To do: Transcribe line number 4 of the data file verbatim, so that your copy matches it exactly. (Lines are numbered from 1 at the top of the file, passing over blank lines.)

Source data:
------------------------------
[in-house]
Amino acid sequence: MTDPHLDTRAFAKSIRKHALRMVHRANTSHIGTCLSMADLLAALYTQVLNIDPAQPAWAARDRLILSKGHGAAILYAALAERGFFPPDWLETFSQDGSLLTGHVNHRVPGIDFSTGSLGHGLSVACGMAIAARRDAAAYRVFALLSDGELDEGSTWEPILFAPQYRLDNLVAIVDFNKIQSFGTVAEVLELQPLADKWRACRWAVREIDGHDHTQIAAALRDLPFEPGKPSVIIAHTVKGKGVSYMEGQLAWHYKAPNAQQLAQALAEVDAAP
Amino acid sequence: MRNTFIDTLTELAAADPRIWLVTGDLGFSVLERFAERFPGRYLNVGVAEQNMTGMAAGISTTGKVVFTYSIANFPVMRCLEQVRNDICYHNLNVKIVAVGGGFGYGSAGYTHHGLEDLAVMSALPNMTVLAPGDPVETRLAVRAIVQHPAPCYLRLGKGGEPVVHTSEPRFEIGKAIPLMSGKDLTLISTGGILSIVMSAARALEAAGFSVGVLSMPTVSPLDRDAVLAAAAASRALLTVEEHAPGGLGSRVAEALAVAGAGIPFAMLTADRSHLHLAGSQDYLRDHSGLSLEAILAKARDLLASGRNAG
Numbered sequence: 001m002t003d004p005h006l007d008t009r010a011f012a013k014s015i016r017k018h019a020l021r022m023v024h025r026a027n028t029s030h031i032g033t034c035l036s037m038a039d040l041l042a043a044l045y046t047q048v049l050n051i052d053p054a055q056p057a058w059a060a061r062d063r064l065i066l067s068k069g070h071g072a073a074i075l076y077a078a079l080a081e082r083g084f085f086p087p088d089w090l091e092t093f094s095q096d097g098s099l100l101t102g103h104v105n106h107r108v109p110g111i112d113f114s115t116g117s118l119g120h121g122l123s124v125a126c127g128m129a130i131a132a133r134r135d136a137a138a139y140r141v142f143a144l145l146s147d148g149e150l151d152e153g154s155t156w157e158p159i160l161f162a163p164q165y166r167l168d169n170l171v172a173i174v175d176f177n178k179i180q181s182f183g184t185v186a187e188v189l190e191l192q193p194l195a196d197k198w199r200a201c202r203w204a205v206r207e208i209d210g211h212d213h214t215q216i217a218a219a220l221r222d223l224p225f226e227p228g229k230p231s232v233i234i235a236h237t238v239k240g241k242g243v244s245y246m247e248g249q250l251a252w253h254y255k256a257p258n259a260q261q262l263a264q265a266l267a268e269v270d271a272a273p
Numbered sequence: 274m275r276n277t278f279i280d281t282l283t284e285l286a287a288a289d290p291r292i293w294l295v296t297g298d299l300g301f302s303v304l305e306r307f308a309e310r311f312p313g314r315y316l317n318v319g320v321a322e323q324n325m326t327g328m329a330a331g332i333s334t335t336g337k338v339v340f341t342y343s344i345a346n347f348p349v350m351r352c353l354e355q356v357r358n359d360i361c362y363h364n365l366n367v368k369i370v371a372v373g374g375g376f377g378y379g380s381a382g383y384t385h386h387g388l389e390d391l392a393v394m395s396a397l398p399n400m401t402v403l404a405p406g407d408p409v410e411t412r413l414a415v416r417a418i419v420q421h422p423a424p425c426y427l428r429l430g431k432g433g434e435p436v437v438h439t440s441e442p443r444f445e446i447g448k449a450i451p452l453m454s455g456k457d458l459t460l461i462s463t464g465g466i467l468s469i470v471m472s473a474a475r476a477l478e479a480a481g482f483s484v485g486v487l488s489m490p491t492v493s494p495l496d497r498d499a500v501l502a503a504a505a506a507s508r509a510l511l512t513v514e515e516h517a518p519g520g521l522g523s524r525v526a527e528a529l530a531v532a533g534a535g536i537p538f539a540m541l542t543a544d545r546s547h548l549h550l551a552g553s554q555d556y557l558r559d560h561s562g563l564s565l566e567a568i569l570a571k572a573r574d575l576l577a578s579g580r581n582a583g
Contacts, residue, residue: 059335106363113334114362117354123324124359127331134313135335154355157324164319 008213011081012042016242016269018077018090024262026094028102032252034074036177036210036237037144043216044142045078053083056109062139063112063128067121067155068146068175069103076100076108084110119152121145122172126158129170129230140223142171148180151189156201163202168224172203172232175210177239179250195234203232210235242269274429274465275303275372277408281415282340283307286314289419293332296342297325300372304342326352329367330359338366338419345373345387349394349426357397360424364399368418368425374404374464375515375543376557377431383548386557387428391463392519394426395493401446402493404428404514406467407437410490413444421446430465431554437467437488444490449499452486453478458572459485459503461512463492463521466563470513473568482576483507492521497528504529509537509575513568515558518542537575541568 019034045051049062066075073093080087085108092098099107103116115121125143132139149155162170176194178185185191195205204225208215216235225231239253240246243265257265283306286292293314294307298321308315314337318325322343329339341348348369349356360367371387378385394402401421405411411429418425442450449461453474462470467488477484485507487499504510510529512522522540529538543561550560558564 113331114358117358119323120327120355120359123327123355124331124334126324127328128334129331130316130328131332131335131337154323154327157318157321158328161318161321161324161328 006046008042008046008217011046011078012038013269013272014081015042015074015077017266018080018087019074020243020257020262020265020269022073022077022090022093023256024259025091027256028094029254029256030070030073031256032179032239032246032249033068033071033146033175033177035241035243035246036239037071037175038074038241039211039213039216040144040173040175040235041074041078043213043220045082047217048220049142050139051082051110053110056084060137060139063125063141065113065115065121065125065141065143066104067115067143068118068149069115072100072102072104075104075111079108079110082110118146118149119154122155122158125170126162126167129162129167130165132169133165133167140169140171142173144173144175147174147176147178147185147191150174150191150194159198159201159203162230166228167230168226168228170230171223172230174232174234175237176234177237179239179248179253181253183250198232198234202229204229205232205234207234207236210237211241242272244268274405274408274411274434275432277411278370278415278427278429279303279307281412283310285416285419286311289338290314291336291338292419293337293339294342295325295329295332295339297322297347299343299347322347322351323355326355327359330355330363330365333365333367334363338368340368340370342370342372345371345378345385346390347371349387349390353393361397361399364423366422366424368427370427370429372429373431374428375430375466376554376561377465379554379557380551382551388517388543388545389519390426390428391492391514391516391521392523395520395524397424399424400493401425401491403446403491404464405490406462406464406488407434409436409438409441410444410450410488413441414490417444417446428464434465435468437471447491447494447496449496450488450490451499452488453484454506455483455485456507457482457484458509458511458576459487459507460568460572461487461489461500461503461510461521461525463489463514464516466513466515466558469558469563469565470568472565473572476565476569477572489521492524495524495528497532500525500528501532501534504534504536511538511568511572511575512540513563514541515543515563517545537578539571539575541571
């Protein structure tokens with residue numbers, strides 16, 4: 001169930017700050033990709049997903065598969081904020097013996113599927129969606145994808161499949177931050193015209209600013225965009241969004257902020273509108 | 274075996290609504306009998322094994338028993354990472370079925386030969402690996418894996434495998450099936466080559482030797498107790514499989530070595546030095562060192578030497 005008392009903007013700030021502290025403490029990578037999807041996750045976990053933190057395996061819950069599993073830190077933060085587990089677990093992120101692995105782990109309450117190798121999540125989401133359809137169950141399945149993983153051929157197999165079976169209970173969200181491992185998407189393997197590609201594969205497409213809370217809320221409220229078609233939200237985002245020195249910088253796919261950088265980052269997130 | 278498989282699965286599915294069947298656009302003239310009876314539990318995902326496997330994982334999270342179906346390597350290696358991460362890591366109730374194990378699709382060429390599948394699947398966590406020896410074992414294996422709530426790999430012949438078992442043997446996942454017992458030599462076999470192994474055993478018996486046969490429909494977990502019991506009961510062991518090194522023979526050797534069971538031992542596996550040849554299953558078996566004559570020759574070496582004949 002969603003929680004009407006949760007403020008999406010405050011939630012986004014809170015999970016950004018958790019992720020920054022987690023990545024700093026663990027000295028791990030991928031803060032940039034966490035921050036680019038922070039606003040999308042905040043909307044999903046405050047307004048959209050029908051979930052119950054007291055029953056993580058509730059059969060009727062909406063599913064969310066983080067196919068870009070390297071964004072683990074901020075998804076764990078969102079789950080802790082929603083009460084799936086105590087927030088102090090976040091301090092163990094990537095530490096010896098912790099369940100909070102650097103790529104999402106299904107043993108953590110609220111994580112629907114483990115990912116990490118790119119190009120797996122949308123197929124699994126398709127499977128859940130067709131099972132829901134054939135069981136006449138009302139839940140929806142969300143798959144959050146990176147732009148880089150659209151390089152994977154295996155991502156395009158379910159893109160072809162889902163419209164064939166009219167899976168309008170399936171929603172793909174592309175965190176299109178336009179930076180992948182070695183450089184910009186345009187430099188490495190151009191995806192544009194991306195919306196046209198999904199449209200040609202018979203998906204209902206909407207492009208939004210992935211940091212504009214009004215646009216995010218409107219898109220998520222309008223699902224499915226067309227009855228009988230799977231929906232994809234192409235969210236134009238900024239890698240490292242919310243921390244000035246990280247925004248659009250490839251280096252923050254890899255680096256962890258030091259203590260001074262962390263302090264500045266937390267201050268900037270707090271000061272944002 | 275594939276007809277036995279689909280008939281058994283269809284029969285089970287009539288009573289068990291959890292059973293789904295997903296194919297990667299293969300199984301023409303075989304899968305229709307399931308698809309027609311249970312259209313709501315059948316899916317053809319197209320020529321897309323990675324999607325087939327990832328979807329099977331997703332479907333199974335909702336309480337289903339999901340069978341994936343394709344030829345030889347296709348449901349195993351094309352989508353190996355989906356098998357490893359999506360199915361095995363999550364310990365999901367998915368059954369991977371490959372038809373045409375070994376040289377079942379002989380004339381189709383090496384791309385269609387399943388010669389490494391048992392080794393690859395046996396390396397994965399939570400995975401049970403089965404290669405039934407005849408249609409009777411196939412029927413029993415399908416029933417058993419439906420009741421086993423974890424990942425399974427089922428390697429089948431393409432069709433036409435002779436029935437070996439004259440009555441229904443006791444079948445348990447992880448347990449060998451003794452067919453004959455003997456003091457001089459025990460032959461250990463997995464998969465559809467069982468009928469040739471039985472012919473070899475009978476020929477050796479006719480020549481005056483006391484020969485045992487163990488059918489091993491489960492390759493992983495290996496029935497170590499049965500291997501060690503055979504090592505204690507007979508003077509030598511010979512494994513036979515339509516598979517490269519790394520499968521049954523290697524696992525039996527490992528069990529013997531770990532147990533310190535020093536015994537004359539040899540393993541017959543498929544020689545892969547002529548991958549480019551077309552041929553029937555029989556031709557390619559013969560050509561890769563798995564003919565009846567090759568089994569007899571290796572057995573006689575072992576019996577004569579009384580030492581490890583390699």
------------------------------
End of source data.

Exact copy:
Numbered sequence: 001m002t003d004p005h006l007d008t009r010a011f012a013k014s015i016r017k018h019a020l021r022m023v024h025r026a027n028t029s030h031i032g033t034c035l036s037m038a039d040l041l042a043a044l045y046t047q048v049l050n051i052d053p054a055q056p057a058w059a060a061r062d063r064l065i066l067s068k069g070h071g072a073a074i075l076y077a078a079l080a081e082r083g084f085f086p087p088d089w090l091e092t093f094s095q096d097g098s099l100l101t102g103h104v105n106h107r108v109p110g111i112d113f114s115t116g117s118l119g120h121g122l123s124v125a126c127g128m129a130i131a132a133r134r135d136a137a138a139y140r141v142f143a144l145l146s147d148g149e150l151d152e153g154s155t156w157e158p159i160l161f162a163p164q165y166r167l168d169n170l171v172a173i174v175d176f177n178k179i180q181s182f183g184t185v186a187e188v189l190e191l192q193p194l195a196d197k198w199r200a201c202r203w204a205v206r207e208i209d210g211h212d213h214t215q216i217a218a219a220l221r222d223l224p225f226e227p228g229k230p231s232v233i234i235a236h237t238v239k240g241k242g243v244s245y246m247e248g249q250l251a252w253h254y255k256a257p258n259a260q261q262l263a264q265a266l267a268e269v270d271a272a273p